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With over 90 percent of private loans being co-signed, the Consumer Financial Protection Bureau (CFPB) is urging private lenders to ease automatic default rules on student loans. Complaints have risen dramatically within the last five months concerning the trigger of a default when a co-signer of a student loan dies or declares bankruptcy, even if the loan was being paid on time. “Auto defaults” force student borrowers to either immediately repay the full loan balance or the result is to issue a bad credit alert to agencies, which then hurts the student’s chances of getting a job, renting an apartment or buying a car.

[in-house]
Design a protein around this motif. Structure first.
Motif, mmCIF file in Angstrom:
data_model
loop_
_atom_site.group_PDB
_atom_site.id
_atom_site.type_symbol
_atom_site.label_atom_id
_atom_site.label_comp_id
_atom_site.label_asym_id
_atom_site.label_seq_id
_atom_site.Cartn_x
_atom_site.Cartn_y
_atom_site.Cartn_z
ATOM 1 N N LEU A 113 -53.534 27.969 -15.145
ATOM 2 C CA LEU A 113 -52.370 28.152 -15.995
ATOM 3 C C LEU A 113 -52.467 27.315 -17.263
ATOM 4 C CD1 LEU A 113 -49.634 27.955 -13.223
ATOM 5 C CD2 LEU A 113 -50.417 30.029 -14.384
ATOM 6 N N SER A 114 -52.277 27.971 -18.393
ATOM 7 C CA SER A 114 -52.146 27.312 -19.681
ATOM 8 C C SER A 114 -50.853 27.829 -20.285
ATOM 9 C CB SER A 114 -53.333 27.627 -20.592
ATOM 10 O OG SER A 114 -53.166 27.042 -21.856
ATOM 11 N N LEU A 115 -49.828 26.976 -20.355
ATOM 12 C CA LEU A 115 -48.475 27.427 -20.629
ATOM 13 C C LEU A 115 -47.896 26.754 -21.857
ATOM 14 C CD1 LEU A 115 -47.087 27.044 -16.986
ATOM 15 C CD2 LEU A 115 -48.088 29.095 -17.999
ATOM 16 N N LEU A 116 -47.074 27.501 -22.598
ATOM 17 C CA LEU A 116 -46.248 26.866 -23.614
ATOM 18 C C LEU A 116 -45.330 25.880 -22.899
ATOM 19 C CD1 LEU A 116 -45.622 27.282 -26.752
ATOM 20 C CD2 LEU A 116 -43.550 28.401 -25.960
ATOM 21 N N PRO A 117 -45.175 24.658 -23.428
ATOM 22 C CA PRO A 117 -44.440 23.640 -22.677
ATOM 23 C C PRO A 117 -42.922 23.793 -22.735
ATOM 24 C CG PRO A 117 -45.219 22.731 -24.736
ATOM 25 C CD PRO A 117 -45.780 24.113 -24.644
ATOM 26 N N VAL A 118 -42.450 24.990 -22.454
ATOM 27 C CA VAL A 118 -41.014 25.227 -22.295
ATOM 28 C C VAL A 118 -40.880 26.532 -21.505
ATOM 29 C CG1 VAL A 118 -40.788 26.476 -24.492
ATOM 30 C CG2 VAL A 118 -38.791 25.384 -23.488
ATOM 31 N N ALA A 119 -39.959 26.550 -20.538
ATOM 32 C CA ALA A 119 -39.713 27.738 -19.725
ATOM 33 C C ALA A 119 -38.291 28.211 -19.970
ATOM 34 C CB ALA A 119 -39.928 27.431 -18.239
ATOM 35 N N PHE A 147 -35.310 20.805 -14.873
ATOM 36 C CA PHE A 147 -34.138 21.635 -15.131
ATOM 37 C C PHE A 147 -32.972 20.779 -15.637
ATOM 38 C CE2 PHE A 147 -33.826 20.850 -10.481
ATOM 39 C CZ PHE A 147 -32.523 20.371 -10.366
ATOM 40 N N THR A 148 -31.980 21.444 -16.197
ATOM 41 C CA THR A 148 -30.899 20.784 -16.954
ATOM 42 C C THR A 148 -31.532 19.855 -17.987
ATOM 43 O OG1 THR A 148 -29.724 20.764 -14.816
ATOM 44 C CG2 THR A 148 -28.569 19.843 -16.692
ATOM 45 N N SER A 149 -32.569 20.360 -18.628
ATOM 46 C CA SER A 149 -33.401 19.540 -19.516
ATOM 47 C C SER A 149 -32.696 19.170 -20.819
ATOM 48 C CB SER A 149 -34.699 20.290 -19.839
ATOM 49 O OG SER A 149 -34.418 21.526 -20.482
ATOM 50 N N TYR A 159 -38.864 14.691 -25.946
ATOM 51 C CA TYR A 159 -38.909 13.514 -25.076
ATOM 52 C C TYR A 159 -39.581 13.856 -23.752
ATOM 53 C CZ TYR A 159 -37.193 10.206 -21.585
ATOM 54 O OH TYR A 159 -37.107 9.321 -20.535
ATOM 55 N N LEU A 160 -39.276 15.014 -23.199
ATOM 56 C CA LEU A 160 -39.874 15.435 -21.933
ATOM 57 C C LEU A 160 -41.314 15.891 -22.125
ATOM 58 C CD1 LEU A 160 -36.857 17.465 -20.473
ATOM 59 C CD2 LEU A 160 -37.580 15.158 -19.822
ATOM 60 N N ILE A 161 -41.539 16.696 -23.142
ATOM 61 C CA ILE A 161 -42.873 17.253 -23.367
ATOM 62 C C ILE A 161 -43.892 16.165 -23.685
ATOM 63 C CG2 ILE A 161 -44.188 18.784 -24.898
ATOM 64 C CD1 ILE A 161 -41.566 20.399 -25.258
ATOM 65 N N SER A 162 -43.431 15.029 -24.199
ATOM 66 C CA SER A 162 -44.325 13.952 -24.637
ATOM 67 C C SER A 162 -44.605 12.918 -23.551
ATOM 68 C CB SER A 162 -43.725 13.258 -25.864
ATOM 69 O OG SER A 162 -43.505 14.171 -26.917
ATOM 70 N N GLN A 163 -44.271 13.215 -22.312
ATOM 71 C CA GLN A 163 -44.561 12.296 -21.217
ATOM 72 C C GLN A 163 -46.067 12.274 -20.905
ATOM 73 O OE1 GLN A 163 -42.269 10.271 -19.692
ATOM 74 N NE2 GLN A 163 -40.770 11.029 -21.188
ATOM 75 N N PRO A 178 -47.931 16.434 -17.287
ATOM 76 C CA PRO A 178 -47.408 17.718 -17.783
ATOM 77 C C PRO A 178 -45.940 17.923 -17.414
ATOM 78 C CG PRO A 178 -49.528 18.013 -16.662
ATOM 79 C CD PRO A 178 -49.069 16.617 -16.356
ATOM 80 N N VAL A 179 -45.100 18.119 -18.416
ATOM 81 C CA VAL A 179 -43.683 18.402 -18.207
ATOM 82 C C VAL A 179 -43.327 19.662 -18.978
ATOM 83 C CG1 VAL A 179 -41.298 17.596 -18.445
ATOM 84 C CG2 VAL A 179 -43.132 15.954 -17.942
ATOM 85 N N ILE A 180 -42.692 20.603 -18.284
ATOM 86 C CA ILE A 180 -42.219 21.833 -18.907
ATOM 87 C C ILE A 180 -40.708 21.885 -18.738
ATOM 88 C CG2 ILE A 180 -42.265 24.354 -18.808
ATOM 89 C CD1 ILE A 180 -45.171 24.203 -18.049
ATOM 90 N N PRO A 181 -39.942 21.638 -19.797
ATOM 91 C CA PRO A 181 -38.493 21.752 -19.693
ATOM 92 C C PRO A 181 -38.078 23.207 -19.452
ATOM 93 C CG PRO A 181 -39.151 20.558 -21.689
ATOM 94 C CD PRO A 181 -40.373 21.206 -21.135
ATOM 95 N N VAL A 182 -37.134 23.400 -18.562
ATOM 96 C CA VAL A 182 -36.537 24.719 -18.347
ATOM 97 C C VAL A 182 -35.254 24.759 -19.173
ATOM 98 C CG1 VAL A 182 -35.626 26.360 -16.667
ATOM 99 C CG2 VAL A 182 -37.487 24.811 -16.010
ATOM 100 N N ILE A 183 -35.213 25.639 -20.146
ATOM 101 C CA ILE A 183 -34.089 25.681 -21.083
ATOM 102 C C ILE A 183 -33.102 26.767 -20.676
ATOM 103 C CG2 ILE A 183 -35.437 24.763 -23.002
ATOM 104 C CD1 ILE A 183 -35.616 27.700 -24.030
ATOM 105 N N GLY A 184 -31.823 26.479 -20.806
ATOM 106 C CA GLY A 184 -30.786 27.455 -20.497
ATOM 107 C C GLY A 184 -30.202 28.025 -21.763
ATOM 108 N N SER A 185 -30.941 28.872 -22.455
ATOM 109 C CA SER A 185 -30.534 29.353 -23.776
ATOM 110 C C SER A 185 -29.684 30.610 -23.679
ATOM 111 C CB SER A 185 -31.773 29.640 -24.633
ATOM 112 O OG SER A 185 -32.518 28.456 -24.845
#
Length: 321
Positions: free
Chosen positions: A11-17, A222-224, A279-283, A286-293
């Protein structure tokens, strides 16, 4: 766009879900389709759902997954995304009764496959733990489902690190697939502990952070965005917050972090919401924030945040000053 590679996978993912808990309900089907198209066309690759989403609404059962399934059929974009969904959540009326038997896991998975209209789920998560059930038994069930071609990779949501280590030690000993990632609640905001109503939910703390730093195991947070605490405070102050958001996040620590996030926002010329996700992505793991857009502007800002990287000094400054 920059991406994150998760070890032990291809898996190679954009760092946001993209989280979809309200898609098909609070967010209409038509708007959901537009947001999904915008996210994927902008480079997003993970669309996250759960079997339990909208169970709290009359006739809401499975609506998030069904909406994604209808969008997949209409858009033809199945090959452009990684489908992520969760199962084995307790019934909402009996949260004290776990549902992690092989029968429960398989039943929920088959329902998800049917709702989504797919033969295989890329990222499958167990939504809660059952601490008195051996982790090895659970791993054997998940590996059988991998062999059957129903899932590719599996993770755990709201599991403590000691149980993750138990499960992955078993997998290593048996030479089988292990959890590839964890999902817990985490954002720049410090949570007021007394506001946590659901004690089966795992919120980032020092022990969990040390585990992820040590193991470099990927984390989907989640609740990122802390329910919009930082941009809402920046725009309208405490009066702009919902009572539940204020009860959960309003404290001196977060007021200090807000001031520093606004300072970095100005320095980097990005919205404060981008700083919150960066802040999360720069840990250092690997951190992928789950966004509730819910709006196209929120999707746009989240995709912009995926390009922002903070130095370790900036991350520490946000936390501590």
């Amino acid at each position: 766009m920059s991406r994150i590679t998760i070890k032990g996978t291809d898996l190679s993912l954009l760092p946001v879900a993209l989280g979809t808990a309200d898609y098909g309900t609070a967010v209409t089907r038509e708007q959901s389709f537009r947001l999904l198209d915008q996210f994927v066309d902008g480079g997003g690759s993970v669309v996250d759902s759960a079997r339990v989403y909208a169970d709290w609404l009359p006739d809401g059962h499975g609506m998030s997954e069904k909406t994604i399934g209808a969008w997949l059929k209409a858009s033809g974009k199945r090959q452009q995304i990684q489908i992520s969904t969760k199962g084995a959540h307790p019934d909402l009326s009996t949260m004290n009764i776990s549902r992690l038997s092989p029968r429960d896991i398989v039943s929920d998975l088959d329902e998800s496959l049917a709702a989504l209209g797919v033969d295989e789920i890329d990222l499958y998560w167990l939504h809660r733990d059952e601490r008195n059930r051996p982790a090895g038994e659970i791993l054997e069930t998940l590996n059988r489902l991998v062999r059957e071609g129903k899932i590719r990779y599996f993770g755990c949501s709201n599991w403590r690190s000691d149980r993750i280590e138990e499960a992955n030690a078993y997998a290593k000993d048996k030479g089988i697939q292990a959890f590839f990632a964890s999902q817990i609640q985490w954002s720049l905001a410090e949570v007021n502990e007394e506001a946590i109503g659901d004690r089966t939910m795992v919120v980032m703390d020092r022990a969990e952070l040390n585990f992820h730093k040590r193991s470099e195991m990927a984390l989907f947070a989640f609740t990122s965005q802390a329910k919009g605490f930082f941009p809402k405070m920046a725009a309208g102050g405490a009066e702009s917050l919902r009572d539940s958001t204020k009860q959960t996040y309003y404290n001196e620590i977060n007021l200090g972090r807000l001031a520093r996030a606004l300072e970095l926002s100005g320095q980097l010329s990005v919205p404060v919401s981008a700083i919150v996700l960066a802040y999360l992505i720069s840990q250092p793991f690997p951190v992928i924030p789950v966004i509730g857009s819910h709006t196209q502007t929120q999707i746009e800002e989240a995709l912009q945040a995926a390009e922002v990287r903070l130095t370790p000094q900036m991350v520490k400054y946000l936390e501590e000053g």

1. Compare the private student loans with federal student loans. What are some of the differences?
2. What alternatives to auto defaults is the CFPB asking the private lenders to consider?
3. What percentage are private student loans of the total of all outstanding student loan debt?
4. The majority of student loan complaints about private lenders have been filed with the CFPB about which companies?

Douglas, D. (2014). U.S. Agency Urges Private Lenders to Ease Automatic Default Rules on Student Loans. The Washington Post, April 22 (Retrievable online at